However, problems arise in intermodal networking if the foveally represented object is originally reproduced in a hemisphere other than its peripheral context. Schizophrenic patients (Rizzo 1996) as well as their first degree relatives (Myles-Worsley & Park 2002) have problems with the retrieval of information, especially concerning the position of an object, presumably because its localization is partly ambivalent for its hemispheric laterality.
Roberts et al (2012) assume in schizophrenic patients and their
first-degree relatives a defective integration of foveal with parafoveal
information, by which normal controls were enabled to larger saccades and
quicker performance when reading. Exclusion of parafoveal information by reducing the amount of visible
characters did not change the reading rate of schizophrenics whereas controls showed a significant decrease.
The hypothesis of a reversed crossing of foveal projections can also account for the saccaded Smooth pursuit found in 50-85% of schizophrenic patients and in 40-50% of their first degree relatives (Gaebel 1990) which, in the patients, has been shown by Flechtner et al (1997) to be due to catch-up saccades compensating a lower pursuit gain. Deficits in gain of Smooth pursuit eye movements were also found by Kathmann et al (2003) not only in schizophrenia and affective disorder patients but also in their unaffected relatives. The deficit was shown by Chen et al (1999) in a step-ramp task to be due to a lacking acceleration in the time window for computation of open-loop acceleration after target onset, attributed by the authors to a velocity discrimination deficit. According to their figure 5, however, the acceleration is only delayed and attains the same velocity as in the controls later. The saccade intervenes because the foveae have not reached the target in due time, which can be attributed to the detour made by the inverted foveal vergence stimulus.
The delay corresponds to the prolonged reaction-time in the Attention
Network Test (ANT) found 2011 by Breton et al in schizophrenic patients
and in their first-degree relatives, which was confirmed by Orellana et
al (2012) in first episode schizophrenia (FES) patients. In the
relatives, however, Breton did not find the deficient accuracy concerning Executive Attention of the FES patients,
who in about one of three tests (controls: one of ten) mistook the
inverted direction of the four horizontally accompanying flanker-arrows
for the direction of the target-arrow - an error which can be explained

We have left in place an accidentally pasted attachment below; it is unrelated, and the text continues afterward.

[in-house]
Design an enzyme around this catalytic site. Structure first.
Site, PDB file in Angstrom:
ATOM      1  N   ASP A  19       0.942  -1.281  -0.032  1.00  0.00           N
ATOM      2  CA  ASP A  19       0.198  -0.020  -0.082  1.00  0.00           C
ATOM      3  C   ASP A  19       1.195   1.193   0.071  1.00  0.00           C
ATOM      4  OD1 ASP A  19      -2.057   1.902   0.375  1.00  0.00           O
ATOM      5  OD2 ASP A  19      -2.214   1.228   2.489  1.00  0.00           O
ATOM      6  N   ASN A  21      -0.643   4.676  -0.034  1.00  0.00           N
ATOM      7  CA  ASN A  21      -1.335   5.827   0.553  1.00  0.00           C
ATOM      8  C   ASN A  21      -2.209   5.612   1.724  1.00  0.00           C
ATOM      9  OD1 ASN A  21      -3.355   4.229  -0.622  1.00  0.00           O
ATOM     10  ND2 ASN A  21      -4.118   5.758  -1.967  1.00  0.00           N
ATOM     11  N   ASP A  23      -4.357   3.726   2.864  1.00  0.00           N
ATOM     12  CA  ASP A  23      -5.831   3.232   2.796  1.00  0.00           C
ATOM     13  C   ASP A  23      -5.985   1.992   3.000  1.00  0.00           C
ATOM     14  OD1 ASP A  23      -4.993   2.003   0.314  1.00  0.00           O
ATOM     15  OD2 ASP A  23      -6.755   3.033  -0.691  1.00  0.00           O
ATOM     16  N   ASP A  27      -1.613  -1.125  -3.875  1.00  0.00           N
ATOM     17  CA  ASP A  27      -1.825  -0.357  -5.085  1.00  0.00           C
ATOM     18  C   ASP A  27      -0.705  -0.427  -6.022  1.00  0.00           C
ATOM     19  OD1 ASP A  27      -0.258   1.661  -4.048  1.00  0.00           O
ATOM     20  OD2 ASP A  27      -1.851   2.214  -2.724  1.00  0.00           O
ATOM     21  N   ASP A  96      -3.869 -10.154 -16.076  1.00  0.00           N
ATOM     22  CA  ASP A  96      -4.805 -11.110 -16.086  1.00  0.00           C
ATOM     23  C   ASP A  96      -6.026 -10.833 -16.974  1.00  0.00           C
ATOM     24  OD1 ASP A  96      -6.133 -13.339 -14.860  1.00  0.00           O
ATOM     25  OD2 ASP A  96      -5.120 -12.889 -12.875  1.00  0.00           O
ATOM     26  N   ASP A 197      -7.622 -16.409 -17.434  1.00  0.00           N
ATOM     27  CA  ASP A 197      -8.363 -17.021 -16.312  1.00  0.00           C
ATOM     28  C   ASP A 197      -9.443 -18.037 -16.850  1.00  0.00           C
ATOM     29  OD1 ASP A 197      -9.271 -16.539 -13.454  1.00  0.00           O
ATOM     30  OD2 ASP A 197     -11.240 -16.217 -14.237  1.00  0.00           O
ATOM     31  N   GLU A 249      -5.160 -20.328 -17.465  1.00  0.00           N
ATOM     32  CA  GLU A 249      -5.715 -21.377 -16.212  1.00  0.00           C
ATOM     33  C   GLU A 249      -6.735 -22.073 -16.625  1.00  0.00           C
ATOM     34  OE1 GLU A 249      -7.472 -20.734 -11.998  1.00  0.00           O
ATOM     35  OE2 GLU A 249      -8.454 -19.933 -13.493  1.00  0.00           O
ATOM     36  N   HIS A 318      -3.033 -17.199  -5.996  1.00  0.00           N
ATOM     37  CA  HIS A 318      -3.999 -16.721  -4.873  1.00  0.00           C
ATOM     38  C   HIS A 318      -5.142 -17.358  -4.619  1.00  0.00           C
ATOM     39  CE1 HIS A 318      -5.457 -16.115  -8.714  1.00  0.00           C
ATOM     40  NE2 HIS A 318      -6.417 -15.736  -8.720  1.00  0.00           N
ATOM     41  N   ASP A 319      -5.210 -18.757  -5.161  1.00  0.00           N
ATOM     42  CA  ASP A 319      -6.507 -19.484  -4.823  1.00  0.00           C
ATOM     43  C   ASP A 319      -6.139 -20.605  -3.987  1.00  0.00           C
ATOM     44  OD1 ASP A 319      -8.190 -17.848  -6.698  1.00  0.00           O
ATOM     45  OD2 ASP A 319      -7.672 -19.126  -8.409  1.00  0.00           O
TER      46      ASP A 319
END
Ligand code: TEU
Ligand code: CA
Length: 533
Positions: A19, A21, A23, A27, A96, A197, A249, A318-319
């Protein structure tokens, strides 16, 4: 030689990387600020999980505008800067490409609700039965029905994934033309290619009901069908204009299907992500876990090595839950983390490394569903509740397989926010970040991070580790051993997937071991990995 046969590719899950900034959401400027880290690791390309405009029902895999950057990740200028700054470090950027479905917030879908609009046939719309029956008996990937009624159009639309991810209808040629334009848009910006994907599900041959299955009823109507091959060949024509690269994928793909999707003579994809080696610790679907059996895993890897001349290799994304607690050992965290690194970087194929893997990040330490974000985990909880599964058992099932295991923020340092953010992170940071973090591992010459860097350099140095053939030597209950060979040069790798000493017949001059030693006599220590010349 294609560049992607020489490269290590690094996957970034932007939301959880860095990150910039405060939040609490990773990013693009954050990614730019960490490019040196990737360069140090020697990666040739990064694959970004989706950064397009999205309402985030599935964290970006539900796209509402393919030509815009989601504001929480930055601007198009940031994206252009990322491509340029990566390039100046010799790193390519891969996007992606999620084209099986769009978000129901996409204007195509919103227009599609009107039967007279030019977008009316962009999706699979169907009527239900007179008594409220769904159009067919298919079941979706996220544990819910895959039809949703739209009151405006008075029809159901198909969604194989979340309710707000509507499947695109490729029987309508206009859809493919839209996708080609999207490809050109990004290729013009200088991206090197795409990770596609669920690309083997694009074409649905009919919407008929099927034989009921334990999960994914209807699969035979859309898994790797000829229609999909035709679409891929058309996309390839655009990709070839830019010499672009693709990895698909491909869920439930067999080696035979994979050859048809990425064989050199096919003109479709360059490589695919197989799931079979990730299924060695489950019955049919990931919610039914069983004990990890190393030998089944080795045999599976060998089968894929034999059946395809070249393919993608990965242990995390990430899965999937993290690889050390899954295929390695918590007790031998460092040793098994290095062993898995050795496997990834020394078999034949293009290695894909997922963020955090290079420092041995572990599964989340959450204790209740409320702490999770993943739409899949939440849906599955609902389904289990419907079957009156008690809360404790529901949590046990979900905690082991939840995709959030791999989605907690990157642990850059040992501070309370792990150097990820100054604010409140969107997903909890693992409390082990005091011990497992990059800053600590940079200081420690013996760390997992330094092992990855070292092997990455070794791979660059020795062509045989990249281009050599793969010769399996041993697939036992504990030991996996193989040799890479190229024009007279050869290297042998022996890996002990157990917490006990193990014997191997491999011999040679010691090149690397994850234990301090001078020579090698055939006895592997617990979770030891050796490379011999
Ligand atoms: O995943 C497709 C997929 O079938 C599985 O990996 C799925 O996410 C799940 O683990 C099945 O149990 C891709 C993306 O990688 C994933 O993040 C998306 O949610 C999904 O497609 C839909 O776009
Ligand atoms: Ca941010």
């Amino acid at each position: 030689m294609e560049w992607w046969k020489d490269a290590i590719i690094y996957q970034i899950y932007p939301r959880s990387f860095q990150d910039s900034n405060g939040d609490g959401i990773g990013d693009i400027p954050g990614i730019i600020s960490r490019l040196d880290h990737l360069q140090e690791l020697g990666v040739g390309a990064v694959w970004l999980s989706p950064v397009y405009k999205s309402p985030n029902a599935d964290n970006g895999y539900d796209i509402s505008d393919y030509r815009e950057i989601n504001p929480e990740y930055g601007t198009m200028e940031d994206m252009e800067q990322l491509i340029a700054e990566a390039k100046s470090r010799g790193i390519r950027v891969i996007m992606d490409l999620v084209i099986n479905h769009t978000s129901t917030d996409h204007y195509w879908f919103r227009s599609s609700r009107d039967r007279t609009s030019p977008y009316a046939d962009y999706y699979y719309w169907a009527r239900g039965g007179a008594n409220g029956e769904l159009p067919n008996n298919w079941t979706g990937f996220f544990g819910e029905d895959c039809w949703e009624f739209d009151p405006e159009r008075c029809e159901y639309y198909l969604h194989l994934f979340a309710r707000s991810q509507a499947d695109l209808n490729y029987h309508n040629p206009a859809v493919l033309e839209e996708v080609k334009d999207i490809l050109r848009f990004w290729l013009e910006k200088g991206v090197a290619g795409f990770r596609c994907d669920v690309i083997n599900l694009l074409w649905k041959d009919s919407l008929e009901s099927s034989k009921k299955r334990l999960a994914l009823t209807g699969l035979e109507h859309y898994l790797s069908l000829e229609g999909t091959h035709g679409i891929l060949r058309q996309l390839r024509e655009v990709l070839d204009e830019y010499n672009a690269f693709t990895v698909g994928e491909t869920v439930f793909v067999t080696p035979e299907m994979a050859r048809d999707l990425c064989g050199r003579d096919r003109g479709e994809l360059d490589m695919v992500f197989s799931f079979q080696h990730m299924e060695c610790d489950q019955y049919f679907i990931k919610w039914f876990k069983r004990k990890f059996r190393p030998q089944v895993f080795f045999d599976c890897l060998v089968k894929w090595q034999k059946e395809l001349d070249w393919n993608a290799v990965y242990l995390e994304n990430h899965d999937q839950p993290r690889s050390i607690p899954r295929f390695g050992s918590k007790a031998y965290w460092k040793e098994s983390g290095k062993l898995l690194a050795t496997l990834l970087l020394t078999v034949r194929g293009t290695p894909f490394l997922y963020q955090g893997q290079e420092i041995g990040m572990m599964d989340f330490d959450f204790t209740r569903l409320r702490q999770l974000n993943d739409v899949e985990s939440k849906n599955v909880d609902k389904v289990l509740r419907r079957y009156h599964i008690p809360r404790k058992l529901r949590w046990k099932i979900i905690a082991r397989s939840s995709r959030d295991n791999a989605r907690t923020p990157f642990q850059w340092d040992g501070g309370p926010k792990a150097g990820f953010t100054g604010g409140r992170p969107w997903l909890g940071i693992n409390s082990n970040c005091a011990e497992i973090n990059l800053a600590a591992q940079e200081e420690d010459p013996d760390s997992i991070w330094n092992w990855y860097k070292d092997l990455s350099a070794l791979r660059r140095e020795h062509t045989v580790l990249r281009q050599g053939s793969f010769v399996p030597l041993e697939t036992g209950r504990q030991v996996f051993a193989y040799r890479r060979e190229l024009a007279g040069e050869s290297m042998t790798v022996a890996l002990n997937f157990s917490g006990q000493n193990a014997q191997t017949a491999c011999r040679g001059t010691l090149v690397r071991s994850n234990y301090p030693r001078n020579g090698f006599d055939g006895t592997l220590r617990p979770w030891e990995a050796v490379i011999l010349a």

by a unilateral inversion of the foveal convergence stimulus misguiding the
foveae - competent for "what" distinctions - to one of the flankers
instead of the central target proposed by the "where" system of
This interpretation is confirmed by the ANT-results of Gomez et al (2010) who, placing the flanker-arrows not horizontally near the target-arrow but vertically "one below and one above", found no significant difference of accuracy between schizophrenic patients and controls in this test: The horizontal deviation of the visual axis by unilateral divergence did not affect the accuracy in distinguishing the central arrow from the vertically accompanying incongruent arrows.
In contrast to the findings of Orellana et al, Lopez et al (2011) found no significant difference of accuracy in the ANT for Executive Attention between schizophrenic patients and controls. This might be due to the fact that 29 of their 32 patients received typical antipsychotics, wheras all patients of Orellana et al received only atypical antipsychotics. Typical antipsychotics are able to overcome the unilaterality of the convergence deficiency responsible for the deviation of the gaze to accompanying flanker-arrows - e.g. the above-mentioned patient of Krakauer and a patient mentioned below under "Active and withdrawn forms".
Problems of localization may also be the cause of the "impaired visuomotor integration during Trail-Making Test B performance" found by Wölwer et al (2003b) not only in schizophrenic patients but also in their first degree relatives. The dissociation of the foveal "what"- and the peripheral "where"-system due to the inverted crossing is aggravated in the patients by the dissociation of the binocular and the head-and-body axis, disabling their visual search for the target while moving the cursor with their hand.
The dysmetric saccades stated by Gaebel (1990) together with a fixation instability as a "relatively consistent finding in schizophrenic patients" may be caused by a tendency of the - foveally stimulated - postsaccadic drift to follow nasal rather than temporal stimuli - normally, postsaccadic drift is stronger in the adducting - i.e. temporally stimulated - than in the abducting eye, in order to allow binocular fusion in spite of the larger saccade of the abducting eye (Kapoula et al 1989). In the case of my patient, the postsaccadic drift would have nasally stimulated the myopic left eye to diverge and disaccommodate, instead of stimulating temporally - as normal - the hyperopic right eye to converge and accommodate to the near target.